By the last semester of college, armed with this realization, a little additional life experience and a lot more confidence, I decided that I was going to become a nurse. Nursing was exactly what I wanted to do, but didn't have guts to pursue until I was 21. I graduated in 1992 with a Bachelor's Degree in Business Administration, moved back to my home town, got a job, then went to a community college for four years, part time, to earn an Associate's Degree in Nursing.

From the minute I began the program, I knew I had made the right decision. For the first time ever, every class fascinated me. The "work" of patient care was more rewarding than any job I had ever had or could imagine having, and I realized that nursing was a dynamic, stimulating career. I couldn't wait to be a "real nurse". The four years of nursing school flew by.

Almost 20 years later, the learning continues and the rewards of the profession are endless. There have been plenty of bumps in the road, but none that have made me even consider taking another path. Instead, nursing has given me the opportunity to walk many different paths at the same time, and see new scenery every day. I have even learned to give shots, clean up poop, and deal with death. In fact, some of the most rewarding moments I've had as a nurse have been in the midst of very challenging or sad situations. Being able to find the rewards in these moments has been the key to my resiliency and is the main "skill" I try to teach my nursing students. I think this "skill" will probably benefit them more as nursing students and later as "real nurses", than any other skill.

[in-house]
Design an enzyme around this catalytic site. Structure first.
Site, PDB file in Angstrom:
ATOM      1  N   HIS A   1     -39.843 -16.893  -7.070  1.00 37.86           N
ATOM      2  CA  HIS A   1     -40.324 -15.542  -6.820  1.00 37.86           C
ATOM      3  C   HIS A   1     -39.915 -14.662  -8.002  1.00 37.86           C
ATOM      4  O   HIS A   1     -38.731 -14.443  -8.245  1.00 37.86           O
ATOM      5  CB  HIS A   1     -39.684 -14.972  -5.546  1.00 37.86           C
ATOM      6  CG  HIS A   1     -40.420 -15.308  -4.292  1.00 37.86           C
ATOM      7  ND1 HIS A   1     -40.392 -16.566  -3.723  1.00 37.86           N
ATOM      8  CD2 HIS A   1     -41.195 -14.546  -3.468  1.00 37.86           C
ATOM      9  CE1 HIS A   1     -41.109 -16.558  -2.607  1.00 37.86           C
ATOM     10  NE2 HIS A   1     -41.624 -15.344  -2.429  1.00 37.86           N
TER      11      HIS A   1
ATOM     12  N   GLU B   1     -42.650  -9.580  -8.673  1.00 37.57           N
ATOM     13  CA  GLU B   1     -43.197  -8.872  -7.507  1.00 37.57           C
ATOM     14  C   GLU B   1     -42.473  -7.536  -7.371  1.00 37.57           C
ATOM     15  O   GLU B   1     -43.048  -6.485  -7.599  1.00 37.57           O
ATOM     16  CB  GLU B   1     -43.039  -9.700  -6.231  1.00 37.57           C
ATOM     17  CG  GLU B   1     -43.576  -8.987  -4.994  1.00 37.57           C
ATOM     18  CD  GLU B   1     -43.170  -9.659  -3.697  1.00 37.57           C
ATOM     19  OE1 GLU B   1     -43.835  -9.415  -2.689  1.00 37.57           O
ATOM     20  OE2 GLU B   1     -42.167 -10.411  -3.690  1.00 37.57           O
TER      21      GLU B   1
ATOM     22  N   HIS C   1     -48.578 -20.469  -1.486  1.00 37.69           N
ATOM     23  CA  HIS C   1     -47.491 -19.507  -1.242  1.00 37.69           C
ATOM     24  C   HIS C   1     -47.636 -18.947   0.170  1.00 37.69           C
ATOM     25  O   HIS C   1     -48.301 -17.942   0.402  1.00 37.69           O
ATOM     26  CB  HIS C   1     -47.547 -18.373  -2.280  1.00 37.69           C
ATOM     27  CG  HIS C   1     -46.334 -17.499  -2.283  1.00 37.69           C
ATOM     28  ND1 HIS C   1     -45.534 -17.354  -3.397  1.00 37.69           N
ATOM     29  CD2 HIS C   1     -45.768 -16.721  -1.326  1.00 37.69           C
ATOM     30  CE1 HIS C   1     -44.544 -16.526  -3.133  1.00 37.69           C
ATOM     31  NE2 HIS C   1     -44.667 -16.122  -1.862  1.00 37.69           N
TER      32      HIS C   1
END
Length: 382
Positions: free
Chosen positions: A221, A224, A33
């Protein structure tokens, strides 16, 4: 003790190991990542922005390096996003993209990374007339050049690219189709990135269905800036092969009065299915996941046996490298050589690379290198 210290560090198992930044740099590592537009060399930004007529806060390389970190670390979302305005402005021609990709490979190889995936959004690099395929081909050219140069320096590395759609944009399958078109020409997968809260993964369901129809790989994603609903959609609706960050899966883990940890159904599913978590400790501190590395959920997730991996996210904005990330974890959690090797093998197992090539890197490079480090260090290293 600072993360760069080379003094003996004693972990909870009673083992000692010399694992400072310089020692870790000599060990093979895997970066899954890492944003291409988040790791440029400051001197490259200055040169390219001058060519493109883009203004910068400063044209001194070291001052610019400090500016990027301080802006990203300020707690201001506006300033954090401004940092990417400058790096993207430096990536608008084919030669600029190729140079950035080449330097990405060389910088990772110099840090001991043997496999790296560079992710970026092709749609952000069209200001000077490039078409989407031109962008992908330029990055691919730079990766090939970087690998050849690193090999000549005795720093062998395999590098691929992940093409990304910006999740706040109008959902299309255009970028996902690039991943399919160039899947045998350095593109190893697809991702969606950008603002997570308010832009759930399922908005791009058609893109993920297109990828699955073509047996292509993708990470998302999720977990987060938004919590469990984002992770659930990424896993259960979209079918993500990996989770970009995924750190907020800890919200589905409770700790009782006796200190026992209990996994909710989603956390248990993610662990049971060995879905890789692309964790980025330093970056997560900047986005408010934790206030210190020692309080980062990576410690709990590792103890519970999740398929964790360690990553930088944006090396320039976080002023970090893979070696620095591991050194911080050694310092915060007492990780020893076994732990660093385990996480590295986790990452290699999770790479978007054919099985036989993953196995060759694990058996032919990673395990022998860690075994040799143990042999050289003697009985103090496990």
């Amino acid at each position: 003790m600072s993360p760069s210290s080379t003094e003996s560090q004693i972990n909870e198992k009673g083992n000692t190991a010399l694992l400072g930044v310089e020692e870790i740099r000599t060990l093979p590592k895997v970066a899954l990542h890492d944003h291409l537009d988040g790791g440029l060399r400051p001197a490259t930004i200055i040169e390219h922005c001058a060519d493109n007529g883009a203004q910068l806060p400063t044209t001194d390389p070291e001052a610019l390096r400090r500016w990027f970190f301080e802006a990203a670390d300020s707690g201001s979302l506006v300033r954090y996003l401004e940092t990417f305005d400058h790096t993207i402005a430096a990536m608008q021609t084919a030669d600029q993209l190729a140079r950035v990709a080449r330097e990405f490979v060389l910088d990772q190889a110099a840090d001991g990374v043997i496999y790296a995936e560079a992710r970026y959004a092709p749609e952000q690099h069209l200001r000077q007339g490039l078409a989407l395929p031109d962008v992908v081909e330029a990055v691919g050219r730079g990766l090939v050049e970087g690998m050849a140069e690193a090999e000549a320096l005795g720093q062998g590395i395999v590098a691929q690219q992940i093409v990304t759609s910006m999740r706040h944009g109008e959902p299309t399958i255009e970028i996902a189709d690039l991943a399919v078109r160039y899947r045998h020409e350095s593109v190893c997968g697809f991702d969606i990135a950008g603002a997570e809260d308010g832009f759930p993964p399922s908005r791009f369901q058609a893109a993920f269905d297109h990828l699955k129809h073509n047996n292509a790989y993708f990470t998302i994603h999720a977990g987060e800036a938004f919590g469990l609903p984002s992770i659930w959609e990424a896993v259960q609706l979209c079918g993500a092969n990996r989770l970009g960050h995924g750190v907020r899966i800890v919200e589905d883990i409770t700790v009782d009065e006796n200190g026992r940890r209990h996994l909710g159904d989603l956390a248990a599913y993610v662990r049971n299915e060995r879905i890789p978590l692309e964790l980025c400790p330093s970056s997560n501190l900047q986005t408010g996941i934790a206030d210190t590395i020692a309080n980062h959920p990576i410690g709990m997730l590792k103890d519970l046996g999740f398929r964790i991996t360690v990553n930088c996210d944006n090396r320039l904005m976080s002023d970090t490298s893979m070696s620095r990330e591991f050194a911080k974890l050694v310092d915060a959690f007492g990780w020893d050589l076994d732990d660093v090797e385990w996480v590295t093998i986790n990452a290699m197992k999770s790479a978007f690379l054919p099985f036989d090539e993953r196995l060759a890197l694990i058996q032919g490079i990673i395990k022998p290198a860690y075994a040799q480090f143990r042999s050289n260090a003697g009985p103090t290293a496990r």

Currently I work as a clinical instructor for new nursing students, a staff nurse in a Pediatric ER, and write periodically for Allnurses.com. I'm preparing to return to school to earn a PhD in Nursing. Every day that I go to "work", whether it is as a staff nurse or as an educator, I am humbled by the rewards of the profession I chose. Nursing truly is the greatest career in the world. And now I know that I'm good enough.

I'm a pediatric emergency nurse of 12+ years and a clinical instructor for UNC-Chapel Hill's School of Nursing.

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Purple_roses

1,763 Posts